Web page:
Saudi Arabia and the Emirates, moreover, have secured the support of the Trump (although some of his administration are more leery of getting involved in the Gulf’s feuds). They are also courting Europeans—specifically France—and gaining ground in Libya. For Tunis, ties with France and the United States are historic and primordial, and good relations with anyone who controls Libya are a necessity. The positions of the United States, France, and the developments in Libya may lead Tunisian policymakers to rethink their own policies.

In Tunisian public opinion, support to Qatar is strong among the constituencies of the Ennahda party and many of the revolutionary movements. Due to Qatar’s early backing of the Tunisian revolution, however, supporters of Ben Ali and the past regime oppose Qatar and have been gaining ground in Tunisia since 2013. Tunisia’s leftist and pan-Arabist groups are also openly opposed to Qatar, because of its support for political Islam and its suspected ties with terrorist groups. Former-regime affiliates, leftists, and pan-Arabists are predominant in the bureaucracy, police, and media. Hence, they are very influential and currently more vocal and active than the Islamists or the revolutionaries. There is, therefore, a strong sense of resentment against Qatar in the Tunisian street these days, which may legitimize any distancing from Qatar.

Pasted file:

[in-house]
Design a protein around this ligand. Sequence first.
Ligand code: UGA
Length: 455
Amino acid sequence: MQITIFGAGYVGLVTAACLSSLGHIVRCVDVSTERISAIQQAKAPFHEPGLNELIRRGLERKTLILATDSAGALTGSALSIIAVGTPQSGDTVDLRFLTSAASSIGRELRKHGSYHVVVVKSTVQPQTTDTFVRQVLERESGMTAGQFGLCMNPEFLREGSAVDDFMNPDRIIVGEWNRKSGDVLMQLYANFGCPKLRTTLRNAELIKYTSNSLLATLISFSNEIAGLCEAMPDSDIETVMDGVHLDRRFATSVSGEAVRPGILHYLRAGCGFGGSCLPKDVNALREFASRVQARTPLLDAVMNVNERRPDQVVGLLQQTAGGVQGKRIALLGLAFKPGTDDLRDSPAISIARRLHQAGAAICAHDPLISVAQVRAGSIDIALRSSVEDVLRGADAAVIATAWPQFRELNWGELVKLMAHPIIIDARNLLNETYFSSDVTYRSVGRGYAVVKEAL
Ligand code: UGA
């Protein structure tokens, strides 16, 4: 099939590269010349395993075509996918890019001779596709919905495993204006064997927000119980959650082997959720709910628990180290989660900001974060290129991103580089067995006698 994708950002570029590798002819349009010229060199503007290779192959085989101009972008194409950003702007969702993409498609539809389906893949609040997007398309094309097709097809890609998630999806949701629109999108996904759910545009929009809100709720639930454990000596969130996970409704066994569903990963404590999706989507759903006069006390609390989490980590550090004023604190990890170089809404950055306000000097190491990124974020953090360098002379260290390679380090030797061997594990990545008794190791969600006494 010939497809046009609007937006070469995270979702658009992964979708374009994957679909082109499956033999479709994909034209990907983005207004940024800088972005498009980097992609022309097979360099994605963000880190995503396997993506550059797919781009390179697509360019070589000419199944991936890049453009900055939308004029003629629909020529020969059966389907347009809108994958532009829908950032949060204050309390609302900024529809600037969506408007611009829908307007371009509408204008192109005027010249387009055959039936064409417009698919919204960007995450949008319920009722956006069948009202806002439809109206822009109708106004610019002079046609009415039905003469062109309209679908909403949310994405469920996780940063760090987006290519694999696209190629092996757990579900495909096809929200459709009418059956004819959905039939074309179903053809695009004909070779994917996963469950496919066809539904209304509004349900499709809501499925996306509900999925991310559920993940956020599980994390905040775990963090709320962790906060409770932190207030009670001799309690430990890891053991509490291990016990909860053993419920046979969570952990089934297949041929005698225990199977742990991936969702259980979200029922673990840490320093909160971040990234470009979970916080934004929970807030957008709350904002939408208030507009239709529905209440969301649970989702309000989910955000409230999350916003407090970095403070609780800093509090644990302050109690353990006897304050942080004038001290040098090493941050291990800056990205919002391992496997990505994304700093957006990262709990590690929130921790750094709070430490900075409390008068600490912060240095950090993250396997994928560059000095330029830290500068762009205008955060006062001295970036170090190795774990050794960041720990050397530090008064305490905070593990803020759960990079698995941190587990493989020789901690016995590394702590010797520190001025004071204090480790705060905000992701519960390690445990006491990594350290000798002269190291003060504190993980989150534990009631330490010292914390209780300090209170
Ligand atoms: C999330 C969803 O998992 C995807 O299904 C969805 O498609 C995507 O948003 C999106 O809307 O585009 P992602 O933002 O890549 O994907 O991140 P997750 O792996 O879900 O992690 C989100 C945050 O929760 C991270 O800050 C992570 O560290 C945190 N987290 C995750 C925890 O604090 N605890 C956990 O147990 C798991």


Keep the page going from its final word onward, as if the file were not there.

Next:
Saudi Appeased, the Emirates Unhappy

Relations, in international relations, are never linear. Thus, while the general politics of the Saudi-Emirati axis was to oppose Muslim Brotherhood-inspired political Islam, Ennahda leaders were able to open channels of communication with the Saudi leadership. Ennahda’s president, Rached Ghannouchi, and other leaders frequently visited the Wahhabi Kingdom, usually under the pretext of Hajj or Umra, securing an entente between Saudi and Tunisia.